Tsai Ming-liang’s 1997 film The River features one of the most challenging scenes in contemporary Chinese cinema: a graphically sexual encounter in a dark bathhouse between two men who belatedly recognize each other as father and son. This chapter uses an analysis of the dialectics of desire and alienation that drives this scene to reexamine some of the implications of cinematic suture—both as it is deployed in this particular film, and also more broadly as a metaphor for the relationship between viewers and a general field of cinematic production.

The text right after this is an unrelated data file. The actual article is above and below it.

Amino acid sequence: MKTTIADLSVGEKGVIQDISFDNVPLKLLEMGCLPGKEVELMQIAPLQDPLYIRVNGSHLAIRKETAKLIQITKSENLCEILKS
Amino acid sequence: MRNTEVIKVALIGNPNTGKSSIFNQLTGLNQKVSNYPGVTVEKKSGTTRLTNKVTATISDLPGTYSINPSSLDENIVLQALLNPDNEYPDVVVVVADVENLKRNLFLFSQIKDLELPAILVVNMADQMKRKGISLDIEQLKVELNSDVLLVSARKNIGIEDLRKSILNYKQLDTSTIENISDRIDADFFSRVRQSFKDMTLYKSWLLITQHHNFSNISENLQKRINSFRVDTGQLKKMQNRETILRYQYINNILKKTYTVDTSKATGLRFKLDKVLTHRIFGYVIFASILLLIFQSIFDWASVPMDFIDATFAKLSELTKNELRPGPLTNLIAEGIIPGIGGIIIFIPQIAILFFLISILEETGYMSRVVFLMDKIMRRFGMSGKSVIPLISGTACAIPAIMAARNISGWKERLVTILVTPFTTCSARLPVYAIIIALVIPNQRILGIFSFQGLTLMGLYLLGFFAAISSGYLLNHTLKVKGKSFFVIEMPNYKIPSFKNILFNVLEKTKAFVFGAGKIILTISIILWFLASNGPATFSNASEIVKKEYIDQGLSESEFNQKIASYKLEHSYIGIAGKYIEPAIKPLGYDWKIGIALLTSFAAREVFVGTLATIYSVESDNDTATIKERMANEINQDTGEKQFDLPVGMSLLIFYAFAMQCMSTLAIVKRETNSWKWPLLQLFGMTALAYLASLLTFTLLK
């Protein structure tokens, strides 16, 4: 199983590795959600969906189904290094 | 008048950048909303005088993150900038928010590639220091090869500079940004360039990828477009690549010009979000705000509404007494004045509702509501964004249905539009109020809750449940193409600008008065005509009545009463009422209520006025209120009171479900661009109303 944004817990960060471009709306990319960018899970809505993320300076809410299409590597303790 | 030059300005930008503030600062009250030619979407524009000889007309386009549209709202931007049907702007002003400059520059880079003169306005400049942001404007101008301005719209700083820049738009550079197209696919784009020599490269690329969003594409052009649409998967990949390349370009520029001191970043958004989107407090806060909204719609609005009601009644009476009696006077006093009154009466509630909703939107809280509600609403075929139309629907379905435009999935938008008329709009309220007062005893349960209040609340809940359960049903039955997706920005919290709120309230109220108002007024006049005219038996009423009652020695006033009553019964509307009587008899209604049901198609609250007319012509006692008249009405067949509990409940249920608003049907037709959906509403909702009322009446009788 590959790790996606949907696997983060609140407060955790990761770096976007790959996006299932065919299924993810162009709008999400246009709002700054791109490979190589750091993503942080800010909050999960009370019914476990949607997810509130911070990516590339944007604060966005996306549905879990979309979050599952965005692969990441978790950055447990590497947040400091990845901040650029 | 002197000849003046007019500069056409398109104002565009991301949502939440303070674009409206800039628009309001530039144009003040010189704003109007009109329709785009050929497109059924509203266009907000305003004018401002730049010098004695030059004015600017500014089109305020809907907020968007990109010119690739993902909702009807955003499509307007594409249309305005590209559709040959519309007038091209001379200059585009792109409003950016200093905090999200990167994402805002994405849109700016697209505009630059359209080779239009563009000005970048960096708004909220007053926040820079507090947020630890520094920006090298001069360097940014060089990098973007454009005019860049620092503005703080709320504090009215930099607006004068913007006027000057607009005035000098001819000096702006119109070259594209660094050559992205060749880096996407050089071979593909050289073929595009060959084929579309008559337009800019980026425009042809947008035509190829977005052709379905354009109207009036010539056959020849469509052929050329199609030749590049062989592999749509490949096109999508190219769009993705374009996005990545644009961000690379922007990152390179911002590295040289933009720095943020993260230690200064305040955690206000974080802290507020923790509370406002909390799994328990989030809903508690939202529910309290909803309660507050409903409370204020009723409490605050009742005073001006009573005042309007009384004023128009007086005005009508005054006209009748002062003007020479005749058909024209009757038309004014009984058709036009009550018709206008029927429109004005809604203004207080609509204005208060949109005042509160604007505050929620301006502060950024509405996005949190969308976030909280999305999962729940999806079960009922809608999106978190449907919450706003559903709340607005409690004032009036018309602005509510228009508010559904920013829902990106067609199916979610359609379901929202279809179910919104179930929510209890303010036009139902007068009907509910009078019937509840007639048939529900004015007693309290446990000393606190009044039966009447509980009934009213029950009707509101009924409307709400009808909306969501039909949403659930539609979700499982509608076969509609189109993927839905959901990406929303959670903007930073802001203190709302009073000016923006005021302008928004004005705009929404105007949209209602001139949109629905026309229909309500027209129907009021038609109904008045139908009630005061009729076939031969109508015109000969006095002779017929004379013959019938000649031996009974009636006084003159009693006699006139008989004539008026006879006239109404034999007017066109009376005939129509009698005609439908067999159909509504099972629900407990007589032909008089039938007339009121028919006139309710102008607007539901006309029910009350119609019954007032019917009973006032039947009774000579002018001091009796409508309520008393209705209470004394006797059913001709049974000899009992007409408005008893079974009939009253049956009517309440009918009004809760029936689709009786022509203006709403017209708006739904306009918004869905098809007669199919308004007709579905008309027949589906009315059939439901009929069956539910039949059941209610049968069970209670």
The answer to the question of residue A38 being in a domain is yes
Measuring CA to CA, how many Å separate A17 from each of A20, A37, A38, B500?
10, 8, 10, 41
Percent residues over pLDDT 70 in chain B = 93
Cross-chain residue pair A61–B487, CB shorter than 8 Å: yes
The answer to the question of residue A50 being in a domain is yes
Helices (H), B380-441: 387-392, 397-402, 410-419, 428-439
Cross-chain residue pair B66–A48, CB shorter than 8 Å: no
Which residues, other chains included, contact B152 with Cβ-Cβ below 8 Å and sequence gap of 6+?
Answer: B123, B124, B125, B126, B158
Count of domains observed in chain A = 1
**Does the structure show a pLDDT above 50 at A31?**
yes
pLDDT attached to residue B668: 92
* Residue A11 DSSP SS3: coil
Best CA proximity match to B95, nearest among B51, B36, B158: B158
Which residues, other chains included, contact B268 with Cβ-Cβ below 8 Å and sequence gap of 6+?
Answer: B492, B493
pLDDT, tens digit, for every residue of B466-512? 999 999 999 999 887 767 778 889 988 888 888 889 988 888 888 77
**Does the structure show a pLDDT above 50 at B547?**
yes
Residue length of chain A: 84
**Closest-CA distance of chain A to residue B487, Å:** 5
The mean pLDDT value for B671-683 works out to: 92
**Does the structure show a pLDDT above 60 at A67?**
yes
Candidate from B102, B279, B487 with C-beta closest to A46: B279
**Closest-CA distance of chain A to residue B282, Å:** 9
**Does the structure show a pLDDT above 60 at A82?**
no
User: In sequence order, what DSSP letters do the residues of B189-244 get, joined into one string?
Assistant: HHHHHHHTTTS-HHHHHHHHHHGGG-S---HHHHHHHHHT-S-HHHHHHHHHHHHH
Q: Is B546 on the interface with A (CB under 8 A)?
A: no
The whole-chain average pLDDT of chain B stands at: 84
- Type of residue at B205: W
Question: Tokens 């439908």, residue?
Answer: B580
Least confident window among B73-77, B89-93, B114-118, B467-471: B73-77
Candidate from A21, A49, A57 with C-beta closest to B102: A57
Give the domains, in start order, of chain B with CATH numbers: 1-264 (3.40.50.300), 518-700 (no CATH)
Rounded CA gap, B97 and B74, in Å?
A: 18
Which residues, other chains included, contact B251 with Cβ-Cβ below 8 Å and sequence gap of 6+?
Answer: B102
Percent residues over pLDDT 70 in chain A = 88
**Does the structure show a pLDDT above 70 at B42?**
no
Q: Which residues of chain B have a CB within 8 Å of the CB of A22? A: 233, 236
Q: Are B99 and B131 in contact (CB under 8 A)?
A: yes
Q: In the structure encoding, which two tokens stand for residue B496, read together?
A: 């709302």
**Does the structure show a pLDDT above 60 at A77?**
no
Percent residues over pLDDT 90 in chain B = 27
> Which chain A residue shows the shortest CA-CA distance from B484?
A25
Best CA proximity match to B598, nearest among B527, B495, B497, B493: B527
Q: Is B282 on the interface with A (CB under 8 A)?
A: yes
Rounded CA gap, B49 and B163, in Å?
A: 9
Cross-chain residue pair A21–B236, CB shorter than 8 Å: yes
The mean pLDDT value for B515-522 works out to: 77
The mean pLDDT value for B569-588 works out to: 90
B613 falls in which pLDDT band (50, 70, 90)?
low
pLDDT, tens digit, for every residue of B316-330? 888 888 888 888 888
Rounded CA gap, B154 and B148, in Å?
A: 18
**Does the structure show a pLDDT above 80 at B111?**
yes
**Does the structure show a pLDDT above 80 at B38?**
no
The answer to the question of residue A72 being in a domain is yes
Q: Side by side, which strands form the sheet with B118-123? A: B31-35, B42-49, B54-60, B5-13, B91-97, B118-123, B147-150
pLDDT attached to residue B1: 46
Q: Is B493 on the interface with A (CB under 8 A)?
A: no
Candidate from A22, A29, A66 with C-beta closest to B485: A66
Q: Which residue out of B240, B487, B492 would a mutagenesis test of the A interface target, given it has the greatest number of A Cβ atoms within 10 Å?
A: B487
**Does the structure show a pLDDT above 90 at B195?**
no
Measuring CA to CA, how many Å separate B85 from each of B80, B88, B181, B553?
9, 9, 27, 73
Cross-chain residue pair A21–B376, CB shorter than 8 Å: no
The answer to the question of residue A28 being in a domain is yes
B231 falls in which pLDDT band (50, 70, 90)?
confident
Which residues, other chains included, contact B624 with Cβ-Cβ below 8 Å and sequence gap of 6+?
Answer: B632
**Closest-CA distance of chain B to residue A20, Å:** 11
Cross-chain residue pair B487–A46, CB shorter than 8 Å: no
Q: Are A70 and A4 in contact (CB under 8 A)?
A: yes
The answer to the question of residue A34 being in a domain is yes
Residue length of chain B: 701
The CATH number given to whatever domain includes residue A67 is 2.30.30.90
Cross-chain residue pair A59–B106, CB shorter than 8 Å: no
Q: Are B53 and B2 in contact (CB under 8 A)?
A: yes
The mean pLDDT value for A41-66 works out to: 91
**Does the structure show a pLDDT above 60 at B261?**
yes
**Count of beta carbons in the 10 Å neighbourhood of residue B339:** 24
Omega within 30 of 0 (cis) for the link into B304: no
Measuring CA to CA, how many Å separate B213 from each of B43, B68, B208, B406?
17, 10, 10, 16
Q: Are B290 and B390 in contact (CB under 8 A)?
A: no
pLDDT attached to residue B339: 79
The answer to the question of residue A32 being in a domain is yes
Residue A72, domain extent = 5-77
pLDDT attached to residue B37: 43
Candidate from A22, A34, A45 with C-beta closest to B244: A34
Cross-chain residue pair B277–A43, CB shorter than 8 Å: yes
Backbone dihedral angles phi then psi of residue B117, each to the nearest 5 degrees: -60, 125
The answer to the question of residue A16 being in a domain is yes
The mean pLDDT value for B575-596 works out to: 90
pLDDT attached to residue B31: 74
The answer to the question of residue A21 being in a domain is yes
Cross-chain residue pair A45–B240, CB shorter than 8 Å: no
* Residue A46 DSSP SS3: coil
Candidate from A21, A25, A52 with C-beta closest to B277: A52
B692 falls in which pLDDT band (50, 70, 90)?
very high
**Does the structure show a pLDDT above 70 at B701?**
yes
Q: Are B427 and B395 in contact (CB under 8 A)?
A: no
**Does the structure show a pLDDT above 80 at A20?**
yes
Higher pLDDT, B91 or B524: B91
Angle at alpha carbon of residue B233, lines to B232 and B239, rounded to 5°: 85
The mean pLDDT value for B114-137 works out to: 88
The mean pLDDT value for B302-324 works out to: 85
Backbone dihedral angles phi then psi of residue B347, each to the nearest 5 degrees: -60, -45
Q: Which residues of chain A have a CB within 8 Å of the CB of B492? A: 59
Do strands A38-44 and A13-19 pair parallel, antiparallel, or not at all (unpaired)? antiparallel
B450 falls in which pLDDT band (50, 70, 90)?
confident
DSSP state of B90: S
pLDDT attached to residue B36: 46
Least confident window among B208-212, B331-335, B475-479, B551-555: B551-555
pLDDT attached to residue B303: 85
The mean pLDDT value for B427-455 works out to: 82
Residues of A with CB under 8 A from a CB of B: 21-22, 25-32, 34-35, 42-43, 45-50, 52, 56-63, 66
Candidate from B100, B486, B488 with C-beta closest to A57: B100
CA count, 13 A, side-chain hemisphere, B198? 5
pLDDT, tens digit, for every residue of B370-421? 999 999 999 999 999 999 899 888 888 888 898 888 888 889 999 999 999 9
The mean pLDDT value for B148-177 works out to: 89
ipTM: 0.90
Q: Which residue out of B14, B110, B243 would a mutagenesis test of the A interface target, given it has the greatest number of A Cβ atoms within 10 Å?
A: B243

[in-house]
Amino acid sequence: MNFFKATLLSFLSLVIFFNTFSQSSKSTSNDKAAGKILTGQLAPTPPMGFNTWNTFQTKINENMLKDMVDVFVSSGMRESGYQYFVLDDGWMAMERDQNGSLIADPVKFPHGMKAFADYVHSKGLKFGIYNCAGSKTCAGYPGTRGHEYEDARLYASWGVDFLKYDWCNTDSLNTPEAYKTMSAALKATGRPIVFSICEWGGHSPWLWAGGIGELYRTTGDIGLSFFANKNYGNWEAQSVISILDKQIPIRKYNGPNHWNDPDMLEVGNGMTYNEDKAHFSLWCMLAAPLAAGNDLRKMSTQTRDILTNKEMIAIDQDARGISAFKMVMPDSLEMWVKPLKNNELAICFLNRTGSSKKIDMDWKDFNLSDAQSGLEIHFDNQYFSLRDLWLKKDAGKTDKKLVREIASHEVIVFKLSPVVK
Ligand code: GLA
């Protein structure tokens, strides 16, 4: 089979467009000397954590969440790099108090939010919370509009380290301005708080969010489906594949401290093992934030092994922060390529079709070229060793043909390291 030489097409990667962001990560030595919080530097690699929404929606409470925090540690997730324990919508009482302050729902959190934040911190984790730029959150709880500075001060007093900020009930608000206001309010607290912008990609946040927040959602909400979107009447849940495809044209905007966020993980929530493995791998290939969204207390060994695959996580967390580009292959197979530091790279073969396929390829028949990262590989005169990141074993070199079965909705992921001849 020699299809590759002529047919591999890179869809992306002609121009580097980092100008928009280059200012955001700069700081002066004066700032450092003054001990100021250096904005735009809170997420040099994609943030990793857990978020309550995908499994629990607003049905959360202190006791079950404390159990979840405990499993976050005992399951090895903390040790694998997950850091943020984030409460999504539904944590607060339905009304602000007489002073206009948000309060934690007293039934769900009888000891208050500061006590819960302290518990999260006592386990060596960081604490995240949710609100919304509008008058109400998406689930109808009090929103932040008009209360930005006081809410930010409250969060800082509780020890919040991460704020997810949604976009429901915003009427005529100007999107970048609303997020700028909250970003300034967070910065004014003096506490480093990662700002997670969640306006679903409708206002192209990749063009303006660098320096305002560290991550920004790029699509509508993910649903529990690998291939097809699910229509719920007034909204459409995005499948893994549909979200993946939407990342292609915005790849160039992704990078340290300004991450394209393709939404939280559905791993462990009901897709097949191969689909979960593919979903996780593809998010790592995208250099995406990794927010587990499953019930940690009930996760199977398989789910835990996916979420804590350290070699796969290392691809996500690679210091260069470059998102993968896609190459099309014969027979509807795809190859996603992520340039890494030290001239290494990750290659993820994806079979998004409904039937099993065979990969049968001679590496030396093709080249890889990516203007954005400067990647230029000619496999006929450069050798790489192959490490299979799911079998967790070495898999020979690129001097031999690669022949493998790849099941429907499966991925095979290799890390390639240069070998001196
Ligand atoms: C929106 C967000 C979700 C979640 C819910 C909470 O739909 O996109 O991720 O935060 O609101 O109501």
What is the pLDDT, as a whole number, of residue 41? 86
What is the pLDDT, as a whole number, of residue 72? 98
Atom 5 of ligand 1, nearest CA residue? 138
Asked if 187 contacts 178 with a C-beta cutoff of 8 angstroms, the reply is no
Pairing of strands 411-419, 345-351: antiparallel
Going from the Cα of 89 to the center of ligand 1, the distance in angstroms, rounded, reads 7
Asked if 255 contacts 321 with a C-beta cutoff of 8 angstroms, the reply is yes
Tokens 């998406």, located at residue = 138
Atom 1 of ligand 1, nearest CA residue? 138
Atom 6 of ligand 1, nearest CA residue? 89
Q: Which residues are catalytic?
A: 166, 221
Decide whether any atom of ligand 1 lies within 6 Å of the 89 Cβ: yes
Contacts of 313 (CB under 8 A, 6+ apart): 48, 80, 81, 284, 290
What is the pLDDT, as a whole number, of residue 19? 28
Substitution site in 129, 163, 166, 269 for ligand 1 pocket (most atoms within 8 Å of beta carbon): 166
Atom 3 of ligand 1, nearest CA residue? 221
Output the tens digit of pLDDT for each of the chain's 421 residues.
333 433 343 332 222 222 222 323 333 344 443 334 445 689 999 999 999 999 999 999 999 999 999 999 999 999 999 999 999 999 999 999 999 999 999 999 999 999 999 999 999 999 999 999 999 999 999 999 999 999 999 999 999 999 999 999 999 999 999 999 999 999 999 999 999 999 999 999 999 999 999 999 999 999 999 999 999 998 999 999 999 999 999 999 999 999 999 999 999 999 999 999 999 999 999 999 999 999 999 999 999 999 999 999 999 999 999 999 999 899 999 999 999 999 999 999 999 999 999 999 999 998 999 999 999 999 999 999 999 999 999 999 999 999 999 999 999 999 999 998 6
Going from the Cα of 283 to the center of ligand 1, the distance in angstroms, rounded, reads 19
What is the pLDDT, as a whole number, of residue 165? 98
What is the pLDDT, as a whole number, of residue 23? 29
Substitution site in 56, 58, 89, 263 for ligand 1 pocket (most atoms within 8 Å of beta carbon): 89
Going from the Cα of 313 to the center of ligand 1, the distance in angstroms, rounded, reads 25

One of the major expressions of American literary naturalism occurred in the cycle of Hollywood films made during the 1940s and 1950s commonly referred to as film noir. These films revisit and adapt nineteenth-century naturalist narratives via characters constrained by the forces of material environments, past experiences, instinctual urges, and mysterious fates. This article presents a close analysis of two of the most central and critically acclaimed films noirs, The Maltese Falcon (1941) and Double Indemnity (1944). These films blend naturalist narrative conventions with key cinematic devices: environmental constraints, emphasized through staging, high-contrast lighting, and low-angle cinematography; instinctual urges, emphasized through dialogue, costuming, blocking, and close-ups; and fate as a determining force, emphasized through dialogue, voiceover, and flashbacks. These conventions and devices find concrete expression in the thoughts and actions of the films' protagonists, who negotiate their desires for money and sex in the contexts of harsh environments, such as the criminal underworld, the private-detective business, an unsatisfying job, or a failed marriage. These negotiations often conclude with the characters succumbing to their greed and sinking into depravity or death; on rare occasions, however, these negotiations end with a hazy yet significant glimmer of hope. In each case, these movies attest not only to the power of film noir but also to the richness of cinematic naturalism.